Having a few good skill trees/bushes tends to work well though. Titan Quest had a nice system where you picked trees and got a class name based on them. ArcheAge sort of copies that, but goes way overboard by having 120 combinations, over half of them somewhat to seriously useless.

Then there are whacky games that went with non-combat skillsets ;)

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Why is it game designers often go with having multiple classes or characters (Diablo / League of Legends) vs. letting the player choose ANY skill they want (no classes)?

There's many reasons someone would do this. Off the top of my head I can think of two: theming, and game balance.

Theming is a thing, because you can create a 'logical' character (e.g. a Ranger is a fighter who wears leather armor, uses a bow, but may use some subset of all possible melee weapons in the game) that plays on defined tropes and expectations. In other words, this character conforms to certain conventions for the genre in question (think of how disconcerting it would be for a Star Wars stormtrooper to be using Force Healing!)

Balance is another part of the equation. Of all of the valid combinations of skills in a game, as the game evolves, players will find a 'right' answer. To make a compelling game, players can't have a 'right' answer! We need to encourage players to make decisions based on clear problems, with clear knowledge of what they can do, and clear knowledge of the consequences, particularly if said decision is a snap decision, because those are fun. The player is overcoming a challenge.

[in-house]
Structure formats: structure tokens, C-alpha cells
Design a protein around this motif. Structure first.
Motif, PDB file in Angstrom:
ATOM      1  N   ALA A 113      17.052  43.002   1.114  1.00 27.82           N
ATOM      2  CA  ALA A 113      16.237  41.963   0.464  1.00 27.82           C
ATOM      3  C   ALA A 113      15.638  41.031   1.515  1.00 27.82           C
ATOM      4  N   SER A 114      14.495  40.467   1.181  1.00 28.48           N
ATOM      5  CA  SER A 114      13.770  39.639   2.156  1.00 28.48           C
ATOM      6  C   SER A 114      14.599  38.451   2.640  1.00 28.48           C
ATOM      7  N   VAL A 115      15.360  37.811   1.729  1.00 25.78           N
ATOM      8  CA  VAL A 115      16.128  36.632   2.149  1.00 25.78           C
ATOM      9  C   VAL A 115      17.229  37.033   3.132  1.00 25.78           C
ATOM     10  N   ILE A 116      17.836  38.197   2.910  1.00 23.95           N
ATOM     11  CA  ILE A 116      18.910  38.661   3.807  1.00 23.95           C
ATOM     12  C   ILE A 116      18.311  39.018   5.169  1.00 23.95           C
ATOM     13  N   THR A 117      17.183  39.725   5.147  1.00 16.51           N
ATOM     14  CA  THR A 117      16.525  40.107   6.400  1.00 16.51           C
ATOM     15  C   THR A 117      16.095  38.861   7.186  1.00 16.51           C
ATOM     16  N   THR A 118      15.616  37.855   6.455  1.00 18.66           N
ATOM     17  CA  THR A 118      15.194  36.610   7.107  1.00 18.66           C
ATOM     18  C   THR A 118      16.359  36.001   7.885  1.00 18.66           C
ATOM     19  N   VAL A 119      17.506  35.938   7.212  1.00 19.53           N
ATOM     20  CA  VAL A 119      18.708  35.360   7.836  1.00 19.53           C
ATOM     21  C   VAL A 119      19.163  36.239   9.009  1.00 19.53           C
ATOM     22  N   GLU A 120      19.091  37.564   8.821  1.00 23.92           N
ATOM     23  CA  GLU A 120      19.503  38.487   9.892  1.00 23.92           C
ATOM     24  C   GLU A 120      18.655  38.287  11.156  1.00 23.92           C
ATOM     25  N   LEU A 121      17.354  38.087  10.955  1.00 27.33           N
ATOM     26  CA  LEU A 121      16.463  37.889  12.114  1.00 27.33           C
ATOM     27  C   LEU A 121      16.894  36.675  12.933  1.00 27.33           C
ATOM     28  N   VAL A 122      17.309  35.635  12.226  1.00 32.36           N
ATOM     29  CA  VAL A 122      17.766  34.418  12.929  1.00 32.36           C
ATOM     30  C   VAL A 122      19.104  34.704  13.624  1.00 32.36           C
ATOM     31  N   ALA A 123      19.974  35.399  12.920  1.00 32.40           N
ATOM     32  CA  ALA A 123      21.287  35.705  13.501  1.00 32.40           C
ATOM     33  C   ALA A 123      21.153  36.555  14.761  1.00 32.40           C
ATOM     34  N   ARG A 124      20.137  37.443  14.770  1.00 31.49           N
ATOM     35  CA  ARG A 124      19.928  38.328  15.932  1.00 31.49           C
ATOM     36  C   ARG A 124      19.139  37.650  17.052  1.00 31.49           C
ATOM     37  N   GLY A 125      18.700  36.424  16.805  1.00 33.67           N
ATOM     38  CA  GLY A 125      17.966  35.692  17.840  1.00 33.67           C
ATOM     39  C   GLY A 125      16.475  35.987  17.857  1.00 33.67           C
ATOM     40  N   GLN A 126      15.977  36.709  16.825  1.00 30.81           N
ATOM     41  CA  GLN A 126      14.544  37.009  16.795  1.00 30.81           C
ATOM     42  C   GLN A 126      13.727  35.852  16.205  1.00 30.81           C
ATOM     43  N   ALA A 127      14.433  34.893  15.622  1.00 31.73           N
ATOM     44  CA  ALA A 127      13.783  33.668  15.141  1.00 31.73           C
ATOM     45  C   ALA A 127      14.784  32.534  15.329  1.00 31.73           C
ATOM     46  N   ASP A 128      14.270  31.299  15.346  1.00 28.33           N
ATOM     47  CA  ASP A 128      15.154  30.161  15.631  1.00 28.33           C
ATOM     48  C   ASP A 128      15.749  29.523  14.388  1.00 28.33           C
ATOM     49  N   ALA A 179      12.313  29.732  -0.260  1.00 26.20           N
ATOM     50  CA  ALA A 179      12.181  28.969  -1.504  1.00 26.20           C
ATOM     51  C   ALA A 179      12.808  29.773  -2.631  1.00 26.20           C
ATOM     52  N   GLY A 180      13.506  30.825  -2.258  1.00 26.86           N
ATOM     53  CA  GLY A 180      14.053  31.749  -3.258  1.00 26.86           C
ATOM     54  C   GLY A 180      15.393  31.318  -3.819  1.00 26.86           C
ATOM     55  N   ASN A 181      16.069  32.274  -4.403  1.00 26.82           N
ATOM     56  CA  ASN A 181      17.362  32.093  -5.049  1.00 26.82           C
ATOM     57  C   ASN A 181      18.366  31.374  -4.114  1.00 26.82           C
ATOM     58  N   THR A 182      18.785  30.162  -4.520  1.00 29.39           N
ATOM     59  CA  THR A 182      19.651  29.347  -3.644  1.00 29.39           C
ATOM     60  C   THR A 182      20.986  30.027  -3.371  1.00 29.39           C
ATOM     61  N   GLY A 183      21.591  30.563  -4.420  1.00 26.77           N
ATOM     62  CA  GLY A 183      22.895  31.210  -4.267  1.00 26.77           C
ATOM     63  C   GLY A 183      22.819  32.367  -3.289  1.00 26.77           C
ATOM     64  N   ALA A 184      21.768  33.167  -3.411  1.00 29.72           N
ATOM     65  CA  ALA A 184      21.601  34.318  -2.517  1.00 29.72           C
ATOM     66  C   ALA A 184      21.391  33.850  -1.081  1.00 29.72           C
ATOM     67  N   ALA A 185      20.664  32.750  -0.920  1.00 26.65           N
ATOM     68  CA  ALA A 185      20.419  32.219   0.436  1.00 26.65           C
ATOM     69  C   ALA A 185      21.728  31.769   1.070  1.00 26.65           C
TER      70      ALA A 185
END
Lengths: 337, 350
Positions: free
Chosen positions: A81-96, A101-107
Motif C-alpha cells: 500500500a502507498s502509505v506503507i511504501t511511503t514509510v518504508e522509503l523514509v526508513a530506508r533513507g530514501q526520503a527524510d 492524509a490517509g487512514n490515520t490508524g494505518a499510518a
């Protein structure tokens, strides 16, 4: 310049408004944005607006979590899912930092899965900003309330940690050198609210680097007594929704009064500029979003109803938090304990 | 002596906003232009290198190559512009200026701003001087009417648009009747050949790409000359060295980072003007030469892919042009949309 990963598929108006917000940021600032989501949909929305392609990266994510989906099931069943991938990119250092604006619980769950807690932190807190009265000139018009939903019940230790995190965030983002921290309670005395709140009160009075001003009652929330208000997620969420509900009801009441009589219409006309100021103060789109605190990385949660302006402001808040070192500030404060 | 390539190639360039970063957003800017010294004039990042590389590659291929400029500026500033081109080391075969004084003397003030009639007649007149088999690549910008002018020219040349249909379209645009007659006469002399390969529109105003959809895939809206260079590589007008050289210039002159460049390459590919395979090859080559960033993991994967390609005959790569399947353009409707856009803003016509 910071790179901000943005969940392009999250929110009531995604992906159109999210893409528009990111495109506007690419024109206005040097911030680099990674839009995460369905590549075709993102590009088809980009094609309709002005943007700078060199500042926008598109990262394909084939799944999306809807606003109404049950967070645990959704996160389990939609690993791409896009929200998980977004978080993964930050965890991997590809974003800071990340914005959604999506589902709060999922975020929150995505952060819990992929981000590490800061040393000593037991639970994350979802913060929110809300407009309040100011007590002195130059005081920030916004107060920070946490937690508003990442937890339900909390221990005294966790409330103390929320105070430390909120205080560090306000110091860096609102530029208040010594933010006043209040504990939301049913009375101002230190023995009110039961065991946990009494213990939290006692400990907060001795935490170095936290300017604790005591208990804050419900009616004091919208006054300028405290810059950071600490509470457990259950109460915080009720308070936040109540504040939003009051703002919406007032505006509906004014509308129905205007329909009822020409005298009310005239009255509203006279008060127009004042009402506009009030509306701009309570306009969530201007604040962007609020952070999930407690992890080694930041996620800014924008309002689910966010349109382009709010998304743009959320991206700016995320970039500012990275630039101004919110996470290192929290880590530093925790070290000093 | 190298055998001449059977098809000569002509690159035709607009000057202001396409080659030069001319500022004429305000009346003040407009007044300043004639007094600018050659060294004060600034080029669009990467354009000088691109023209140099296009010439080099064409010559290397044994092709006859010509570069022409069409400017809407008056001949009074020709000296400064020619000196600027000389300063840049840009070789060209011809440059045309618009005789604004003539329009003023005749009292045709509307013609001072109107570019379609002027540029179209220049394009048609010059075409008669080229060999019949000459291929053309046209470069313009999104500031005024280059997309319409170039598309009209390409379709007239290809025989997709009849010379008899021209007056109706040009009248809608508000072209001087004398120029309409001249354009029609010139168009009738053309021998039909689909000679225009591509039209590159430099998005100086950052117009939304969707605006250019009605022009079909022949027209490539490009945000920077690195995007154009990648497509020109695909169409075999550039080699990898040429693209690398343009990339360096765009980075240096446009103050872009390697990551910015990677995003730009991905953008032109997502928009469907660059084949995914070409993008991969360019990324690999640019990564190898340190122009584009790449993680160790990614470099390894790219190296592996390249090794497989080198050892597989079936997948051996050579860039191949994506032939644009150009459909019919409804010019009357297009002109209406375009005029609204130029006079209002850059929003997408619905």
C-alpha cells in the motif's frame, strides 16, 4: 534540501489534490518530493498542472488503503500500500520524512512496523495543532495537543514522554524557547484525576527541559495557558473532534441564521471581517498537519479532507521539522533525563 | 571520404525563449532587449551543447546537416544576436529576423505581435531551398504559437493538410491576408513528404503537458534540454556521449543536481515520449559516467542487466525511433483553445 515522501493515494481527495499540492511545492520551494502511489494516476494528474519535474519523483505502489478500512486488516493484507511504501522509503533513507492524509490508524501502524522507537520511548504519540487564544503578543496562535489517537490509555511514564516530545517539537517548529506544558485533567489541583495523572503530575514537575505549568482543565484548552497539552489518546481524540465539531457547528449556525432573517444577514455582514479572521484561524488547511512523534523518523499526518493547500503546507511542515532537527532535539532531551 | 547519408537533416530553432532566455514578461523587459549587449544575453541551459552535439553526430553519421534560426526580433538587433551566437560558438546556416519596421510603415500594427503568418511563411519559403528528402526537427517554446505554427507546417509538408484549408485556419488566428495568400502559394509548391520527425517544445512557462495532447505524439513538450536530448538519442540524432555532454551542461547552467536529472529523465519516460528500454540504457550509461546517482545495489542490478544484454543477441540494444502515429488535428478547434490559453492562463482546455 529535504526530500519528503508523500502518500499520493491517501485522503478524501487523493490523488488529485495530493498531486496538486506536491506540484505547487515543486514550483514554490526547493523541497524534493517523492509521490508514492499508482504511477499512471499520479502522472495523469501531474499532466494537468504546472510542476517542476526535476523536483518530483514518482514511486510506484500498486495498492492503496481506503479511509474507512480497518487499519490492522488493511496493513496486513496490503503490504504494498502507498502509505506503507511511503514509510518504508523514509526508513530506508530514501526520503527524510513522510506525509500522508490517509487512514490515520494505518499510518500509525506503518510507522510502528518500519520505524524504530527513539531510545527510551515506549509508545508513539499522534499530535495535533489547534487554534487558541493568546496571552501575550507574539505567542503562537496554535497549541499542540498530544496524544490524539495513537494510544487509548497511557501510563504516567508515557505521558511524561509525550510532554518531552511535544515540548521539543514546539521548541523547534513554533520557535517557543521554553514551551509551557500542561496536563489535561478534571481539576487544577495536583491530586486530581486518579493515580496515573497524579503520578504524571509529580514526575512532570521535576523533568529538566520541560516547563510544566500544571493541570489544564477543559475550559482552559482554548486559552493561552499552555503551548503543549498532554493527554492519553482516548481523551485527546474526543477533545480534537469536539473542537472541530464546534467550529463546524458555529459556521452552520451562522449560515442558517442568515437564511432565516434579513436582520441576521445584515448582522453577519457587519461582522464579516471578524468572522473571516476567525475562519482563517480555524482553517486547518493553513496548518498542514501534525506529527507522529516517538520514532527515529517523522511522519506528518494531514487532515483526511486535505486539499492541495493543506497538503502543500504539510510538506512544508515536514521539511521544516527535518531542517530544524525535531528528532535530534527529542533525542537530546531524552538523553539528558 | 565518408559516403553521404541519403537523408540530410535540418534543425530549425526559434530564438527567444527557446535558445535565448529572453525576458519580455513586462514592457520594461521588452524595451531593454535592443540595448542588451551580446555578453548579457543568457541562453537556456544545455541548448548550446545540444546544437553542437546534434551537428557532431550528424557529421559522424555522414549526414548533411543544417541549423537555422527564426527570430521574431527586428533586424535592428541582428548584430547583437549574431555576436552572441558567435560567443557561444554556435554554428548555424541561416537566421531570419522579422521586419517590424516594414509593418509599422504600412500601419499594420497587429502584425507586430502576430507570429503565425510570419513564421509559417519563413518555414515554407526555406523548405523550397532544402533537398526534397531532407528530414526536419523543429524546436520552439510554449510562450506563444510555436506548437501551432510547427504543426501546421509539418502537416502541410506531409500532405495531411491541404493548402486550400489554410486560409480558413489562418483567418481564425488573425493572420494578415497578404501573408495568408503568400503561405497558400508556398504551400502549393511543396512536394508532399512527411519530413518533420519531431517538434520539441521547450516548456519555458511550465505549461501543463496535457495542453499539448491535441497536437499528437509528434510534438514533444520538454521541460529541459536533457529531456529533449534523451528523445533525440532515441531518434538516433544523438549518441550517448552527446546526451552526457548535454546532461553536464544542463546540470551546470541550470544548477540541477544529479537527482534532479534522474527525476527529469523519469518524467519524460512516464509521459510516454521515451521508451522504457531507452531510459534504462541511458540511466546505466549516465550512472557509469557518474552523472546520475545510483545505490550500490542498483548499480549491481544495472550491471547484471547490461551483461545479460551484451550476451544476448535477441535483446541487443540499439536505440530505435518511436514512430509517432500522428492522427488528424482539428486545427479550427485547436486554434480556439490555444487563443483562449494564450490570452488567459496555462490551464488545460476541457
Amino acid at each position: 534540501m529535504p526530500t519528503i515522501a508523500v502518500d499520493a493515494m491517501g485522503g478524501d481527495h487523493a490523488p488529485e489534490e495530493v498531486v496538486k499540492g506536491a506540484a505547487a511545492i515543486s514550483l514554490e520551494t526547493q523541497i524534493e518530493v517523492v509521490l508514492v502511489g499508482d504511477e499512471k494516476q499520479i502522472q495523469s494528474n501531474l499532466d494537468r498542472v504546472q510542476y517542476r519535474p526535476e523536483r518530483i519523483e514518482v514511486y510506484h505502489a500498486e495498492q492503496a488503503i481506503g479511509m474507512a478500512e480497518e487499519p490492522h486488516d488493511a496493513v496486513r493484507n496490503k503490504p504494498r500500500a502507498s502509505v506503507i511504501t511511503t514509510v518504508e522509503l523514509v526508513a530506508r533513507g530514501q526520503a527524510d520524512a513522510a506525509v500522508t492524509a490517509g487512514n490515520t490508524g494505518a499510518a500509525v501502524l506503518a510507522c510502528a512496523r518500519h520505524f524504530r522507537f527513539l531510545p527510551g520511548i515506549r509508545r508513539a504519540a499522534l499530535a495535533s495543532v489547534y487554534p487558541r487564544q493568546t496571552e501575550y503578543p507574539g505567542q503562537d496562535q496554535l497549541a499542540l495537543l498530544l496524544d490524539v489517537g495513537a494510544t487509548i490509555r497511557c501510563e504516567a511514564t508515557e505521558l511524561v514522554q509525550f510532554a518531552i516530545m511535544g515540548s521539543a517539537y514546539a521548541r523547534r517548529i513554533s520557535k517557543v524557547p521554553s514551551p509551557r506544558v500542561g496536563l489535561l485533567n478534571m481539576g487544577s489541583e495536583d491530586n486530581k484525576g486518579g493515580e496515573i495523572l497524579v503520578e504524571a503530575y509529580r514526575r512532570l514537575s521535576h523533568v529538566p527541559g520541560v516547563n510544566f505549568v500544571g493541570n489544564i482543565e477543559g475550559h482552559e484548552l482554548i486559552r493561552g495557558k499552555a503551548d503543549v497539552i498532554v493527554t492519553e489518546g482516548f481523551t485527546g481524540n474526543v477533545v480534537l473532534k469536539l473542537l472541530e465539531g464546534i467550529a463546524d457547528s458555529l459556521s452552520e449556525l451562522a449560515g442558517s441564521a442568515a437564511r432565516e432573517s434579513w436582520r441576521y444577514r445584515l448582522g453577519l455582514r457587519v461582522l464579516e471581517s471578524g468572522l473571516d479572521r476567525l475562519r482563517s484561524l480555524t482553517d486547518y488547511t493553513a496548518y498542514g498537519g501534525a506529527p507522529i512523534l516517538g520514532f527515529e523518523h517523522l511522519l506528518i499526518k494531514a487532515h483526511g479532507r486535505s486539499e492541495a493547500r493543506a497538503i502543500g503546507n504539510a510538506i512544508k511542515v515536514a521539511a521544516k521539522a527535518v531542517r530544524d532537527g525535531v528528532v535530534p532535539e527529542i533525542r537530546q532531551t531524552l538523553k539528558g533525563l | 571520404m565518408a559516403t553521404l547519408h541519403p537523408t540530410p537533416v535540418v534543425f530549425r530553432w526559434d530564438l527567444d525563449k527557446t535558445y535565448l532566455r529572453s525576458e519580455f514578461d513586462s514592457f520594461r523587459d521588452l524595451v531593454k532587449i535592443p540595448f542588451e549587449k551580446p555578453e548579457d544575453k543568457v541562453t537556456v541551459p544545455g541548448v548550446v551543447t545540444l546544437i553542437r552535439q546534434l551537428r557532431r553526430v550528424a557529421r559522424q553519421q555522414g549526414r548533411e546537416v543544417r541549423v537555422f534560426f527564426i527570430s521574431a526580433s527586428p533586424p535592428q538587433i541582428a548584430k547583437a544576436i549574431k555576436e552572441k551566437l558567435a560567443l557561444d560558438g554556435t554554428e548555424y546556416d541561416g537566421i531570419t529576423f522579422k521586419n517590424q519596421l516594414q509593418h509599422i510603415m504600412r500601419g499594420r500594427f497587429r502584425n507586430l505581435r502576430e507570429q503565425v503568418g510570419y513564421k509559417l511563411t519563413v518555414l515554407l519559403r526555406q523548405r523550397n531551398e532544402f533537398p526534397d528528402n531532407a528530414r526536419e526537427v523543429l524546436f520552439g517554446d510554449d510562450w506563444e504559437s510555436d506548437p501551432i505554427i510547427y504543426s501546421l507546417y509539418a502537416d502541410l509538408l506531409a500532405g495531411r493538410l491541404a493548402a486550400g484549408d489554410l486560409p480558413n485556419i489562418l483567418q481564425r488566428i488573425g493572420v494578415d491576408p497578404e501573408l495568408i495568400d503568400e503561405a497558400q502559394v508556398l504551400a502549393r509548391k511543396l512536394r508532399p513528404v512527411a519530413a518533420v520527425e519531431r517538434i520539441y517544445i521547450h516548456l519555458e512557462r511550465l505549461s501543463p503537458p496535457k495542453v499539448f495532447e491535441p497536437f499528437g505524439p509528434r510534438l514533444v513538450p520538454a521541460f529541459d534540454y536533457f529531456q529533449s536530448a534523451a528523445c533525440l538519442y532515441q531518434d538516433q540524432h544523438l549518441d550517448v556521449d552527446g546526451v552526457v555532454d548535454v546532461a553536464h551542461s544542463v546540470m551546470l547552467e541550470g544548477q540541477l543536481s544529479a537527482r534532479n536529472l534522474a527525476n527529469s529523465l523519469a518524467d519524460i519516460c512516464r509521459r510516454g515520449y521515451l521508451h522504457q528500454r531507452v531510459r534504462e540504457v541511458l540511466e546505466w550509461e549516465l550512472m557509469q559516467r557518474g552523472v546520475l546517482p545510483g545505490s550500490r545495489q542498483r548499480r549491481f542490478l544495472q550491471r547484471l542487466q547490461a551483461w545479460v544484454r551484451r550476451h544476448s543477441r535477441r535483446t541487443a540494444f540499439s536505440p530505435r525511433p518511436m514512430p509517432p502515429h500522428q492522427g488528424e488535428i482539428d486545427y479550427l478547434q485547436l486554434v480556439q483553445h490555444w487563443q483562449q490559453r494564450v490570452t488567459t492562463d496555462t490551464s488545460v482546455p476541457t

If players can access every skill in the game, either everything has to be made slightly less useful than it can be (which, leads to a bad game because every tool sucks), synergies have to be nerfed (again, same problem, part of the fun of learning a character is figuring out cool combinations), and as a result all those cool snap decisions get taken out of the game, because every skill turns into a bald-faced variant of 'deal damage/mitigate damage/heal health'...as opposed to a slyly-disguised 'deal damage/mitigate damage/heal health.'